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  1. Free, publicly-accessible full text available November 1, 2023
  2. Free, publicly-accessible full text available February 1, 2023
  3. Inverse problems continue to garner immense interest in the physical sciences, particularly in the context of controlling desired phenomena in non-equilibrium systems. In this work, we utilize a series of deep neural networks for predicting time-dependent optimal control fields, E ( t ), that enable desired electronic transitions in reduced-dimensional quantum dynamical systems. To solve this inverse problem, we investigated two independent machine learning approaches: (1) a feedforward neural network for predicting the frequency and amplitude content of the power spectrum in the frequency domain ( i.e. , the Fourier transform of E ( t )), and (2) a cross-correlationmore »neural network approach for directly predicting E ( t ) in the time domain. Both of these machine learning methods give complementary approaches for probing the underlying quantum dynamics and also exhibit impressive performance in accurately predicting both the frequency and strength of the optimal control field. We provide detailed architectures and hyperparameters for these deep neural networks as well as performance metrics for each of our machine-learned models. From these results, we show that machine learning, particularly deep neural networks, can be employed as cost-effective statistical approaches for designing electromagnetic fields to enable desired transitions in these quantum dynamical systems.« less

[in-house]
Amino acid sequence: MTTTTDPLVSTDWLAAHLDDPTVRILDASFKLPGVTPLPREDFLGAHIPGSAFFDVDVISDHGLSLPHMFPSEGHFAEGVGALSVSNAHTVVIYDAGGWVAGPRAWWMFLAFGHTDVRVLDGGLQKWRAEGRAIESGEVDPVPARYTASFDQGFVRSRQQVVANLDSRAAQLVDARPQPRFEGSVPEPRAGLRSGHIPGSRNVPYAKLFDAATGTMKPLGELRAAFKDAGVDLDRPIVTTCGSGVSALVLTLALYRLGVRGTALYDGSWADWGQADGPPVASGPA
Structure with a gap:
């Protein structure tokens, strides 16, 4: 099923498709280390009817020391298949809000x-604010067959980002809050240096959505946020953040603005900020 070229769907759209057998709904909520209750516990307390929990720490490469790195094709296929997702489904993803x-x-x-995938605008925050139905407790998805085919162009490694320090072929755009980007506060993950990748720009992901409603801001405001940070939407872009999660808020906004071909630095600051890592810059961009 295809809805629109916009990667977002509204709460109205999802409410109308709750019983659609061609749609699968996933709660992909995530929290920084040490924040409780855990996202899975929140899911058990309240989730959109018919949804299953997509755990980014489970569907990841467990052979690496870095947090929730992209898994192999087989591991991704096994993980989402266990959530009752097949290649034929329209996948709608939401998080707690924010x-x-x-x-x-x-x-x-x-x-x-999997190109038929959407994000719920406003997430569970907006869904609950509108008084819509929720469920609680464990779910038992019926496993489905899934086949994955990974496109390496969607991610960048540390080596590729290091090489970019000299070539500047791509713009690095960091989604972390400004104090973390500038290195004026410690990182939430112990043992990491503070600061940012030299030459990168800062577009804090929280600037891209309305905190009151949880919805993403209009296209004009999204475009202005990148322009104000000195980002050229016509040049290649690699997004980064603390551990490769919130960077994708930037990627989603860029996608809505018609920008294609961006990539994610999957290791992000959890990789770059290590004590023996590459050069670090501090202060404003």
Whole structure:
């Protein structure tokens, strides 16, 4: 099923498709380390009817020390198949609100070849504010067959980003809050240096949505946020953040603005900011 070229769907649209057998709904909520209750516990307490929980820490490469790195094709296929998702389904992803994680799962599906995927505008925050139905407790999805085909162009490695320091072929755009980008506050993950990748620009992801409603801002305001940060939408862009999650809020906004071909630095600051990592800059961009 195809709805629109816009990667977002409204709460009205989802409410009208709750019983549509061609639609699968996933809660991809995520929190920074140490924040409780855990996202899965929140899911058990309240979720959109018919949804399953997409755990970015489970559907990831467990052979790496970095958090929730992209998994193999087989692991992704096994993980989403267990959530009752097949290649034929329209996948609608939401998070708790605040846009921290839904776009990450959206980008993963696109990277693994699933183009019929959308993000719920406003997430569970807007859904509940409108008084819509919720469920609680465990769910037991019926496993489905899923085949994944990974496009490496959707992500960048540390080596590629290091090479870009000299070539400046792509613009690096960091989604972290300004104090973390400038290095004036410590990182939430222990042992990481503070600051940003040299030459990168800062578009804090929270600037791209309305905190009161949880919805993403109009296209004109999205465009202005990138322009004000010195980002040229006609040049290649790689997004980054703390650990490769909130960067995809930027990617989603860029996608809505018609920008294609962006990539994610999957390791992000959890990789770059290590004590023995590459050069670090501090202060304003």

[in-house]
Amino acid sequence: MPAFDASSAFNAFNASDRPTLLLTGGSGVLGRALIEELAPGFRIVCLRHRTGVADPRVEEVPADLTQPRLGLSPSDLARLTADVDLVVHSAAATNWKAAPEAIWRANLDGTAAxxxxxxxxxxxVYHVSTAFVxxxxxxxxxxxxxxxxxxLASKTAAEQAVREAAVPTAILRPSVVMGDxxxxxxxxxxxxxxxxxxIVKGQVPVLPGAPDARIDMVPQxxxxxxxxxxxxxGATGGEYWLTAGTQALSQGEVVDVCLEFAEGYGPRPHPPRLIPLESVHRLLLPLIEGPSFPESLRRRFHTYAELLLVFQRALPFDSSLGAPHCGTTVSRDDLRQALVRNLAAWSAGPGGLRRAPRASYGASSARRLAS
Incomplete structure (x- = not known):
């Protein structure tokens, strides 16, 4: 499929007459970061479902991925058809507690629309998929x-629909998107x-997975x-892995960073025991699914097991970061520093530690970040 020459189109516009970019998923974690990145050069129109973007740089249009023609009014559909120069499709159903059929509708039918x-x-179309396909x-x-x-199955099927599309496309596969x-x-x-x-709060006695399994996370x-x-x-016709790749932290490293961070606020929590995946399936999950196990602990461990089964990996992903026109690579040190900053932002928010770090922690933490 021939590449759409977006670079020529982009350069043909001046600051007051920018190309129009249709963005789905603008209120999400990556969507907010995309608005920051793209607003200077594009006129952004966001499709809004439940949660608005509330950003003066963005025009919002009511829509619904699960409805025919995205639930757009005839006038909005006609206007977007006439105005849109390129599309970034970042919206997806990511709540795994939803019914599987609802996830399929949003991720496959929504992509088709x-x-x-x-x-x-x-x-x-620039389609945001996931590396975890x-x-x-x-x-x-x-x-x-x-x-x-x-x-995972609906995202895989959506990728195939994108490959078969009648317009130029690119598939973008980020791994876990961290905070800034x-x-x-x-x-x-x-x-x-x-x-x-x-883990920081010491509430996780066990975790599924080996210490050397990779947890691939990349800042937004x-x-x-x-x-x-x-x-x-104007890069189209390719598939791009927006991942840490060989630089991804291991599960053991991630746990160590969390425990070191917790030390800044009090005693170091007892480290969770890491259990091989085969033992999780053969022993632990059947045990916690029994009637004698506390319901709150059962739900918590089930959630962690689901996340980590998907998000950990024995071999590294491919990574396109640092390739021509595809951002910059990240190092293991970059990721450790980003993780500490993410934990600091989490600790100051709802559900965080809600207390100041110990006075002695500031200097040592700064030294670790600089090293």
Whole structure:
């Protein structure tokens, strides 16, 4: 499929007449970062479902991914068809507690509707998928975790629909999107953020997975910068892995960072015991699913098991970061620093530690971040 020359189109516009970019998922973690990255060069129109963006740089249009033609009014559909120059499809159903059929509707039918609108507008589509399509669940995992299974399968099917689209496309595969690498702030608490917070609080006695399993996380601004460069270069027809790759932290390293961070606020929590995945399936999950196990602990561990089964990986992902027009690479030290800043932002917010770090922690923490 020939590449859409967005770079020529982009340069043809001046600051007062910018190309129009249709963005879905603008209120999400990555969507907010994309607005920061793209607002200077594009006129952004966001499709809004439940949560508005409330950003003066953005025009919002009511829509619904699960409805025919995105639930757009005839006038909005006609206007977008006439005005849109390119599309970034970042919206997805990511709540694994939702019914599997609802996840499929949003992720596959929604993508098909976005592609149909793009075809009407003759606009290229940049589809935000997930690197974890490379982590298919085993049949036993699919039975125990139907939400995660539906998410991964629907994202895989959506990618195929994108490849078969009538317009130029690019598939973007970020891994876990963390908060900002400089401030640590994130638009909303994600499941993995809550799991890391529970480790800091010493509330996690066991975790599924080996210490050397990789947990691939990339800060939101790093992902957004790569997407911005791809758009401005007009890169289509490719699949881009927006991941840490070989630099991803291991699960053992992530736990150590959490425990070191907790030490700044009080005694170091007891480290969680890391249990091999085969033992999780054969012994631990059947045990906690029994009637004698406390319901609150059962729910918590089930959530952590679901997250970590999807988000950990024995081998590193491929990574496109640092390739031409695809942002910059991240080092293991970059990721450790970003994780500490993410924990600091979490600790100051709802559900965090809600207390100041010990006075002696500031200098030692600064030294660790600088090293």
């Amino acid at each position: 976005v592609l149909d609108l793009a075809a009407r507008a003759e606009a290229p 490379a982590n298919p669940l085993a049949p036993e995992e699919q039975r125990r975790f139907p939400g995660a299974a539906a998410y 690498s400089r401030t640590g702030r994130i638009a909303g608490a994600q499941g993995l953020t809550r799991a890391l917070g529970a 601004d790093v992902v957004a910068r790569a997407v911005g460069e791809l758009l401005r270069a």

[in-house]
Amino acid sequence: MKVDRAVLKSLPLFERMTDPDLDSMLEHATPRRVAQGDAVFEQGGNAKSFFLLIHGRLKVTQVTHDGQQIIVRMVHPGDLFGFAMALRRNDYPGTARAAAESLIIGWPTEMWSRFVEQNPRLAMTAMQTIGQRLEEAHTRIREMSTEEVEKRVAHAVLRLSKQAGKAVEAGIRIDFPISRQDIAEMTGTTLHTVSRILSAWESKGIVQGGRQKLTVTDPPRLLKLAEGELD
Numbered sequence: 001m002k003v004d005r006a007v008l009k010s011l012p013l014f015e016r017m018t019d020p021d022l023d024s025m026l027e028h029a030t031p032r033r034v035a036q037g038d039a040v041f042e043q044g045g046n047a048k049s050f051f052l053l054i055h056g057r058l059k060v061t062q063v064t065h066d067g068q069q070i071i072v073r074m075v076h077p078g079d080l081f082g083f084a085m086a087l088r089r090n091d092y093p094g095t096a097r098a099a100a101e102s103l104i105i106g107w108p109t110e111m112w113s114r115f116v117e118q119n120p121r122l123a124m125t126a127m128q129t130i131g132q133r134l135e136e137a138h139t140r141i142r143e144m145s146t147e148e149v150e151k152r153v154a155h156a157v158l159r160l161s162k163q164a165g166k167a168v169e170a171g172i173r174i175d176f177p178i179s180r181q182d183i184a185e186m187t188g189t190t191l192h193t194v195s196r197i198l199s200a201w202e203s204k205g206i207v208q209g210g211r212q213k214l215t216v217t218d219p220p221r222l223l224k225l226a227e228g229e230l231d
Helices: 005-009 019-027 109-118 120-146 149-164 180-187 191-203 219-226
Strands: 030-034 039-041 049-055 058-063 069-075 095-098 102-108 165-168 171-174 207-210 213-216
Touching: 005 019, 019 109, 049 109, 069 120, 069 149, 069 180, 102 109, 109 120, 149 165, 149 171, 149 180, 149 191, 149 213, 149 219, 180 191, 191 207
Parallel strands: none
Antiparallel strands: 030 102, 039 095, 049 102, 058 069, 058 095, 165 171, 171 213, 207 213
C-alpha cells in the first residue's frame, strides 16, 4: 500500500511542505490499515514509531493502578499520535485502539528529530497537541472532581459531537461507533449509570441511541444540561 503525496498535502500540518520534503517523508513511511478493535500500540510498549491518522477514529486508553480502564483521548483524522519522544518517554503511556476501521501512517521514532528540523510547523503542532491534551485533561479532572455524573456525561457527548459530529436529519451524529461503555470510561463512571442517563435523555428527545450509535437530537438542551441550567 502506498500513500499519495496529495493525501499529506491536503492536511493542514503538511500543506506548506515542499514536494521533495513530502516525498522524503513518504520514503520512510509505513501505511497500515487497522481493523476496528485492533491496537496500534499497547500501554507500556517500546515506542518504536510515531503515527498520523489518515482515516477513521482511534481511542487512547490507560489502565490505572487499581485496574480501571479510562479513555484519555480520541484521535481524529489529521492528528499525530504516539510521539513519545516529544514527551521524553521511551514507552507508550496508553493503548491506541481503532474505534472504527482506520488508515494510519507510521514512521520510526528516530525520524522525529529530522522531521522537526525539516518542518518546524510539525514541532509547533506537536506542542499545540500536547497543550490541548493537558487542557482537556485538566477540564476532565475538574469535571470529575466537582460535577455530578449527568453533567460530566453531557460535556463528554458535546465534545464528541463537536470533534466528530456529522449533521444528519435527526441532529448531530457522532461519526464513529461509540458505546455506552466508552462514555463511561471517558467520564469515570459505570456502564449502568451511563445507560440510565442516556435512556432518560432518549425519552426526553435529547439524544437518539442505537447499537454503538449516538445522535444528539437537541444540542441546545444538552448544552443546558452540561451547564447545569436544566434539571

4. Per- and polyfluoroalkyl substances (PFASs) are synthetic chemicals that are harmful to both the environment and human health. Using self-interaction-corrected Born–Oppenheimer molecular dynamics simulations, we provide the first real-time assessment of PFAS degradation in the presence of excess electrons. In particular, we show that the initial phase of the degradation involves the transformation of an alkane-type C–C bond into an alkene-type CC bond in the PFAS molecule, which is initiated by the trans elimination of fluorine atoms bonded to these adjacent carbon atoms.